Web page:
Duane Syndrome

What is duane syndrome?

Duane retraction syndrome (or just Duane syndrome) is an eye movement disorder. There are several types. In the most common type the affected eye cannot move outward fully.  The other types of Duane syndrome affect inward movement or both inward and outward movement. 

Duane syndrome usually affects one eye only and is present from birth.

  • What are the causes of duane syndrome?

    One of the nerves that controls how the eye moves outwards (the sixth nerve) doesn't form properly. The connections of another nerve (the third nerve) can also be affected, causing trouble with inward movement.

    In rare cases Duane syndrome is inherited. If so, it’s due to a faulty gene (CHN1).

  • Signs you may have duane syndrome

    People with Duane syndrome find it very hard to move the affected eye outwards towards the ear. When they try, the eyelid opening gets wider. It may also be hard to move the eye inward towards the nose.

    Most people with Duane syndrome only have eyes that look in different directions (a strabismus) when looking to one side. If so, they can compensate with a subconscious turn of the head and avoid it.

    About 3 in 10 people with Duane syndrome will have other conditions too, such as being born deaf or having problems with their backbone (spine).

  • Treatments for duane syndrome

    Duane syndrome is not progressive so it doesn’t get better or worse.  Most people with Duane syndrome don't need treatment because they can compensate by turning their head.  If it's not possible to compensate with a head turn, or if the head turn that works means people have to hold their head in a difficult position, then surgery may be needed.

    The missing nerve cannot be replaced, so the aim of surgery is to move the affected eye to a more central position. This makes it easier to use a smaller head turn to get the eyes to fix on the same spot at the same time. Surgery cannot make eye movement easier.

  • Latest Research on duane syndrome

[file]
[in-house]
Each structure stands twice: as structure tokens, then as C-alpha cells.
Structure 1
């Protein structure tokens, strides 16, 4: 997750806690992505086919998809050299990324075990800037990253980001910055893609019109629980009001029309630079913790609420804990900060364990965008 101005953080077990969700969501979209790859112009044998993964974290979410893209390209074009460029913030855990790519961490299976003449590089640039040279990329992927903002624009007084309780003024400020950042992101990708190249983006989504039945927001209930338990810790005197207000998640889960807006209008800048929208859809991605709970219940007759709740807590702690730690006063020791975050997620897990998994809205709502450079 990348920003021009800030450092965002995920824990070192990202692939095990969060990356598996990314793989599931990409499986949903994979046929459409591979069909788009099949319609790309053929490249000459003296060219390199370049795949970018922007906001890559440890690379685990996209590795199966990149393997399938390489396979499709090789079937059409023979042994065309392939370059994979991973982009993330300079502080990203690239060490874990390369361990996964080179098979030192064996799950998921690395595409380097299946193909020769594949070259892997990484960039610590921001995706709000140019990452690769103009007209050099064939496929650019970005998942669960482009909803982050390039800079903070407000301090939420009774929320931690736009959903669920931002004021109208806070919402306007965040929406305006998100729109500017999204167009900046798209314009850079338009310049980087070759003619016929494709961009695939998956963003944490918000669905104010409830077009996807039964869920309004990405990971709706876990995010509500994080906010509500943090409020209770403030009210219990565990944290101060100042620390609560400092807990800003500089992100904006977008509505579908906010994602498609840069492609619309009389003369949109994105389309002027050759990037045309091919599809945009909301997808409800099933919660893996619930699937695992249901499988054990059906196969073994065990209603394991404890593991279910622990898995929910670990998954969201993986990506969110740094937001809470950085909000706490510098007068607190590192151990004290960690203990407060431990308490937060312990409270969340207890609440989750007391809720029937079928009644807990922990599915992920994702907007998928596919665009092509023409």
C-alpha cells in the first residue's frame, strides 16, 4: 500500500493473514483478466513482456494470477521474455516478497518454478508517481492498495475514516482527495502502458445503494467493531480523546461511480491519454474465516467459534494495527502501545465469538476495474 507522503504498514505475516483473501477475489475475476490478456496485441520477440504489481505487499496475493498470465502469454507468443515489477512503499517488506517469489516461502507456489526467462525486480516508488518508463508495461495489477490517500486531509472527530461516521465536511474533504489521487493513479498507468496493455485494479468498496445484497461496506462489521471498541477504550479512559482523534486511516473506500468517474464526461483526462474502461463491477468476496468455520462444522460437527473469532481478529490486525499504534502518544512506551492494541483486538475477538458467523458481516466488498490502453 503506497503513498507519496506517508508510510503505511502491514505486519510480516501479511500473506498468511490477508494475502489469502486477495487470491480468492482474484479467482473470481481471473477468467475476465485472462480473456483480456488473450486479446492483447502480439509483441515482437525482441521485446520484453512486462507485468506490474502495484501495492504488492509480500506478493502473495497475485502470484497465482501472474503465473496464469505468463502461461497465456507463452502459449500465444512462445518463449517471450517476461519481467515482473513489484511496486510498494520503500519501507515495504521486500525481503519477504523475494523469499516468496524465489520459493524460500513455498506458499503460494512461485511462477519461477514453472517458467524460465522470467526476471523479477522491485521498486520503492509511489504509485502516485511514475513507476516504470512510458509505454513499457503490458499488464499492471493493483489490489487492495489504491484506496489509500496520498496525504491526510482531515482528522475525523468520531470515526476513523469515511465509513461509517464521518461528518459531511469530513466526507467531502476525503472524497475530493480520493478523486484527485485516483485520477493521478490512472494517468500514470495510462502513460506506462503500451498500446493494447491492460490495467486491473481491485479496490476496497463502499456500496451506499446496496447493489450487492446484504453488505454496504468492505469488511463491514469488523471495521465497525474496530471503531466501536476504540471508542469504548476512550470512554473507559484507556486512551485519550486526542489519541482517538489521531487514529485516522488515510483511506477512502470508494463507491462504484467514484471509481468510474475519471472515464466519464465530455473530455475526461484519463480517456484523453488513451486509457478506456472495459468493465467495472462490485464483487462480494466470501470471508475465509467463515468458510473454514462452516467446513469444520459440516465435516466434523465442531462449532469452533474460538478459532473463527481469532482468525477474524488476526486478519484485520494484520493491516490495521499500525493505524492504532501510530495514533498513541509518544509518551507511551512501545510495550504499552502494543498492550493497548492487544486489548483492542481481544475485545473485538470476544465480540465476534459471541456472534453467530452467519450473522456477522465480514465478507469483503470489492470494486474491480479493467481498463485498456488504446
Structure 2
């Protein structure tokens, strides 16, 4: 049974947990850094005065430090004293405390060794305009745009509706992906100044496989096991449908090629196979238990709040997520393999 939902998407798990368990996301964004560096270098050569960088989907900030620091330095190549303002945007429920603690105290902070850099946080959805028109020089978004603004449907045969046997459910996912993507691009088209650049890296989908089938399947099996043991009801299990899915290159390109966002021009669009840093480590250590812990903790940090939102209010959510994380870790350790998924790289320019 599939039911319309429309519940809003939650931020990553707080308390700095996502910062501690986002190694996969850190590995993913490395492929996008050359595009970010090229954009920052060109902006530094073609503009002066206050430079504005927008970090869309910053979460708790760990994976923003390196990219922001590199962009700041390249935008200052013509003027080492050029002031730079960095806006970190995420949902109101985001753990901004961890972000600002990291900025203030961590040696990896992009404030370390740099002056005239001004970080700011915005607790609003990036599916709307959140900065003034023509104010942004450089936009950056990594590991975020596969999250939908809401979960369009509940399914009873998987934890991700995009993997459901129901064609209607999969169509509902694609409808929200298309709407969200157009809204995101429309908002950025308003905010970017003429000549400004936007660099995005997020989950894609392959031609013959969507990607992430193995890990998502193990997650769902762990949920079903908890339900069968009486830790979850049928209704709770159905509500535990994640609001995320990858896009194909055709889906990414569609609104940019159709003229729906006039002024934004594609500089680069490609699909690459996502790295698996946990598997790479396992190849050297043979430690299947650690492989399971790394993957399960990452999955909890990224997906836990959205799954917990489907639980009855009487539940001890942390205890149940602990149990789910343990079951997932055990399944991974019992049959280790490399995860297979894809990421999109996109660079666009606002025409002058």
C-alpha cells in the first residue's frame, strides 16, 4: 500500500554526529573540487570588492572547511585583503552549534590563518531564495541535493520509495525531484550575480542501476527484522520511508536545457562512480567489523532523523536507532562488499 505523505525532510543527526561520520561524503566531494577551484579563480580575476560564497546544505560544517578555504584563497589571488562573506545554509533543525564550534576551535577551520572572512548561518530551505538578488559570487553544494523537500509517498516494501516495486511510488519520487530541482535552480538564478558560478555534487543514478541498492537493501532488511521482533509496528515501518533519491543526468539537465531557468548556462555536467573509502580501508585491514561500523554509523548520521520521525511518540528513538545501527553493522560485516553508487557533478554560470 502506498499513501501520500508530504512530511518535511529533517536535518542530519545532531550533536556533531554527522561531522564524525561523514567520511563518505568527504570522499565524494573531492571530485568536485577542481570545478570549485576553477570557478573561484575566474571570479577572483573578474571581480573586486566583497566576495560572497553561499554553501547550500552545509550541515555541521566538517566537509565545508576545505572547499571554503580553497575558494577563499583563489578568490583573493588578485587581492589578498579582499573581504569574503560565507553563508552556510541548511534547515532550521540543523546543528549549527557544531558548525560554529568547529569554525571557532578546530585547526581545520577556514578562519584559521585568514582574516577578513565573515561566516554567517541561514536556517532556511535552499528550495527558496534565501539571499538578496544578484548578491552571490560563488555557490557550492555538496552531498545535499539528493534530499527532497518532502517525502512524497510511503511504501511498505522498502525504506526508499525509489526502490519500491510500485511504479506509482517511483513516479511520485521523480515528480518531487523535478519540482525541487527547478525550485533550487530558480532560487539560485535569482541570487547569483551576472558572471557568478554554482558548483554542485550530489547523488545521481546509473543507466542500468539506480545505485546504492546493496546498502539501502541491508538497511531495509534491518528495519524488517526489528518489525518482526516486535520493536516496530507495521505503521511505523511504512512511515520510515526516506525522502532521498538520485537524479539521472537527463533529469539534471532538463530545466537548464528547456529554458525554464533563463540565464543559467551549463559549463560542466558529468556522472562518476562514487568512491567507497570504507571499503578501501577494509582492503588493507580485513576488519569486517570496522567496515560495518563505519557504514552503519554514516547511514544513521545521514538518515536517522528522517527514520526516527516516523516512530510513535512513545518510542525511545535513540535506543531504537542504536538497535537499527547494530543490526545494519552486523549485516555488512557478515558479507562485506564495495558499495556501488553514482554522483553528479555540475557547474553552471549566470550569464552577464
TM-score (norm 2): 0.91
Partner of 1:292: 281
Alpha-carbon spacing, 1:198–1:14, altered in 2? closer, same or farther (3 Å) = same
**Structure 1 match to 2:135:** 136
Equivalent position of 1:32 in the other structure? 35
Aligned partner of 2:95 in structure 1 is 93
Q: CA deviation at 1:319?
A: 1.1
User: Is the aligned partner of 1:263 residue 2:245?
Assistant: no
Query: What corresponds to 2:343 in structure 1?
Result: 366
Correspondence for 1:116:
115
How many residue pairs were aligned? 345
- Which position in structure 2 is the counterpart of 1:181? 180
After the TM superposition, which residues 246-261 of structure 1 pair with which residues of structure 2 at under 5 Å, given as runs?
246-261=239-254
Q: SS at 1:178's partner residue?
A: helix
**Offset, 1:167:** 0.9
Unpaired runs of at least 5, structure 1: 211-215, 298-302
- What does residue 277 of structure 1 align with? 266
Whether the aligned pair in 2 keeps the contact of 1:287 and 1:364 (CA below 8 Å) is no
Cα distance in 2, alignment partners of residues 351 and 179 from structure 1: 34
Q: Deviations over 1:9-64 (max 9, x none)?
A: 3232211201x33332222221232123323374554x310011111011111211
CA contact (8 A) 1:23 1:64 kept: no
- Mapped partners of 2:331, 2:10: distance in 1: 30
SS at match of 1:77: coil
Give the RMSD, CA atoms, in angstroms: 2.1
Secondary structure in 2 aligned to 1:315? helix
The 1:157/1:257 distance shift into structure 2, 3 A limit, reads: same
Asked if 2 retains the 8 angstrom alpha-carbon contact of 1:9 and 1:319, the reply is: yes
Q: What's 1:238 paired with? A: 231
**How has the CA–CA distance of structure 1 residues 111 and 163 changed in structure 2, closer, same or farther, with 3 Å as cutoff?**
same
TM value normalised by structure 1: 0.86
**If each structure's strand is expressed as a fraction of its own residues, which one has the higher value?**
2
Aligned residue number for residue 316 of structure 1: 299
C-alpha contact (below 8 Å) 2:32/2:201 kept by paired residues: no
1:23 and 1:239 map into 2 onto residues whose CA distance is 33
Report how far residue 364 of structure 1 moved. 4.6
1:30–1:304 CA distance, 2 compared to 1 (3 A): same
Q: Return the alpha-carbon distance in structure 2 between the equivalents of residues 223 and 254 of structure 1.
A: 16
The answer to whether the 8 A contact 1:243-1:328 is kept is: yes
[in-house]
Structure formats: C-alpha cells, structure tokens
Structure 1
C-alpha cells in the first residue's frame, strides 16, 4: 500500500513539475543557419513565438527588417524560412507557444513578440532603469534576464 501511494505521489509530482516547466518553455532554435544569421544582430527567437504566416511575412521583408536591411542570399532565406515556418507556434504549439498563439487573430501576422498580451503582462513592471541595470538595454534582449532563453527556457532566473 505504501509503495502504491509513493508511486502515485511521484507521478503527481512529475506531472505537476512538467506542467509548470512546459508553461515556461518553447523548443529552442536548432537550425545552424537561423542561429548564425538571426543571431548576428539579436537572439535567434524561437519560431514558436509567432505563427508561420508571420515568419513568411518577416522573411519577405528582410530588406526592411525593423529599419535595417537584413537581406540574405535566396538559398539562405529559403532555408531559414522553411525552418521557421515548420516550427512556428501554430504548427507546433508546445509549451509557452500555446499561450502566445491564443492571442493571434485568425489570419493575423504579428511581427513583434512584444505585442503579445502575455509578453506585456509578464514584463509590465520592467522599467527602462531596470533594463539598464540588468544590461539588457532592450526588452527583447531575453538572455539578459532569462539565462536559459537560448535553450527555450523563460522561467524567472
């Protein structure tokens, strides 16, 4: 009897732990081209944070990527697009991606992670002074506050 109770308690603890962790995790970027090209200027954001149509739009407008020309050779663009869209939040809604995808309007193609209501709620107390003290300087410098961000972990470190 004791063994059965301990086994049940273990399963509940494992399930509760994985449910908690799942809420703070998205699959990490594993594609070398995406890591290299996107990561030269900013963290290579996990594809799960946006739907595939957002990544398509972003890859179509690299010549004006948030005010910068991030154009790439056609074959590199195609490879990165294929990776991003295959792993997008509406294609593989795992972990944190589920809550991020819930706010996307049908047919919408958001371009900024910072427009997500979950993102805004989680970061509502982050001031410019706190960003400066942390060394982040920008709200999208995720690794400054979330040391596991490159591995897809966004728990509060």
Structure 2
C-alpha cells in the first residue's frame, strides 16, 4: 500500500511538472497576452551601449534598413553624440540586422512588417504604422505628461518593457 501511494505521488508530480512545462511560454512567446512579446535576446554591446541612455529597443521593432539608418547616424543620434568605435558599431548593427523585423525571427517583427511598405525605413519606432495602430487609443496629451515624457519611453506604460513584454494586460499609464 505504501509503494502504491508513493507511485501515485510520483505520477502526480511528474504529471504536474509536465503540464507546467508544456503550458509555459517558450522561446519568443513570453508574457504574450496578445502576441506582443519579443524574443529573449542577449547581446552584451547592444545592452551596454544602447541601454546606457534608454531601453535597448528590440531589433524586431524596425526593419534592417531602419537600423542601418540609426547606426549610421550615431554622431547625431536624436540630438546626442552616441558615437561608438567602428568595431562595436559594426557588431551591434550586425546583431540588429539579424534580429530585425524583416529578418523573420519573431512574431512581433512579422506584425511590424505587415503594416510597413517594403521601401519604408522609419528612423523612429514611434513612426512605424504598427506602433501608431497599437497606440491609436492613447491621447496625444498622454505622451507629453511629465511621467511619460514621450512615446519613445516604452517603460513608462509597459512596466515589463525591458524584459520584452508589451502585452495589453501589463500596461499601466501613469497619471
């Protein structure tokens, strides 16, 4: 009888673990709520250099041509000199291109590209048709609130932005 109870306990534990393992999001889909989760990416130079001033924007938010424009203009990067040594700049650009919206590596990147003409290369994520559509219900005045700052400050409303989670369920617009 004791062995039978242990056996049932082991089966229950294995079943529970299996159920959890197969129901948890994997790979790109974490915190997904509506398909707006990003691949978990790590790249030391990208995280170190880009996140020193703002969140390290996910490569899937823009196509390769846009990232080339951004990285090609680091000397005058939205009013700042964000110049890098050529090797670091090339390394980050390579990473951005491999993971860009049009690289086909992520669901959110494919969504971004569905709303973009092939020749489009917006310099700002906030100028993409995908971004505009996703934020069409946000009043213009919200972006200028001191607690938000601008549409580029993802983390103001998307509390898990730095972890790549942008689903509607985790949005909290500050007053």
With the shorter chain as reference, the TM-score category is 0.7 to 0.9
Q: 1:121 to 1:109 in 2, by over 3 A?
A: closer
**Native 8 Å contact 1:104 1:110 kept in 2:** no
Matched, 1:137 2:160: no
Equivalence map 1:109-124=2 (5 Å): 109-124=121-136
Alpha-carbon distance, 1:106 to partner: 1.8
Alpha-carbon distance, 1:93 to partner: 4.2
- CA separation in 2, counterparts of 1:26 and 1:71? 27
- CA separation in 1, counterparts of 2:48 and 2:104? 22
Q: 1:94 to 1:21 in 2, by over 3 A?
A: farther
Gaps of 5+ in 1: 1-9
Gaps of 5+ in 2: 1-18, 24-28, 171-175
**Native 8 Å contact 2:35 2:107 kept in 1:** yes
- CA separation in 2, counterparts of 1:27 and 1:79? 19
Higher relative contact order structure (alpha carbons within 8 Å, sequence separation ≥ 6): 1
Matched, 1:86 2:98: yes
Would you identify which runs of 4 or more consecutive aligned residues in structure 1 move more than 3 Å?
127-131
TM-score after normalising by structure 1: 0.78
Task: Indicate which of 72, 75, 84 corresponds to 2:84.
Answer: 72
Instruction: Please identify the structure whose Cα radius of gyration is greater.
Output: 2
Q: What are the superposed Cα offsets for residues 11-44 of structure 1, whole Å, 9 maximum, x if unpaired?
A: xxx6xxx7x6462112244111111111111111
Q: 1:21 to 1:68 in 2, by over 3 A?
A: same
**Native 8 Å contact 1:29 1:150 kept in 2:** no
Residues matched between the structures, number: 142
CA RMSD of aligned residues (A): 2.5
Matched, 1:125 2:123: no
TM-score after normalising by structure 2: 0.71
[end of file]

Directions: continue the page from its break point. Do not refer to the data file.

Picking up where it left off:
Fight for Sight researchers helped to identify one of the genes (CHN1) that is faulty in Duane syndrome, and research is centred on studying the way that nerve cells grow during development. The aim is to understand enough to begin developing a treatment.

    Read our research projects
  • Duane syndrome clinical trials

    You could play an important part in eye research by being a participant in clinical research study that may benefit many people. You could even help shape clinical research by becoming more actively involved and having a say. Patients, carer, or anyone with an interest can help.

    What are clinical trials

    Clinical trials are research studies that find out if a medical strategy, treatment, or device is safe and effective for humans. They are a key research tool for improving medical knowledge and patient care. The people who carry out research are mostly the same doctors and healthcare professionals who treat people. Their aim is to find better ways of treating patients and keeping people healthy.

    Taking part

    Here are some ways to find out about research projects and clinical trials that you can get involved in.

    UK Clinical Trials Gateway

    The UK Clinical Trials Gateway run by the National Institute for Health Research (NIHR) provides easy to understand information about clinical research trials running in the UK, and gives to a large range of information about these trials. It is designed to enable patients and clinicians to locate and contact trials of interest. Visit their website and select the eye condition that you are interested in.

    NIHR Clinical Research Network Portfolio

    The NIHR Clinical Research Network Portfolio is a database of high-quality clinical research studies in England, Northern Ireland, Scotland and Wales. Within this the Ophthalmology Specialty Group supports a national portfolio of research studies in ophthalmology and the vision sciences. See their website for details.

    If you wish to join a trial it is always best to discuss this with your doctor or clinical team first.

Last update September 2015
Approved by Professor Alistair Fielder, City University

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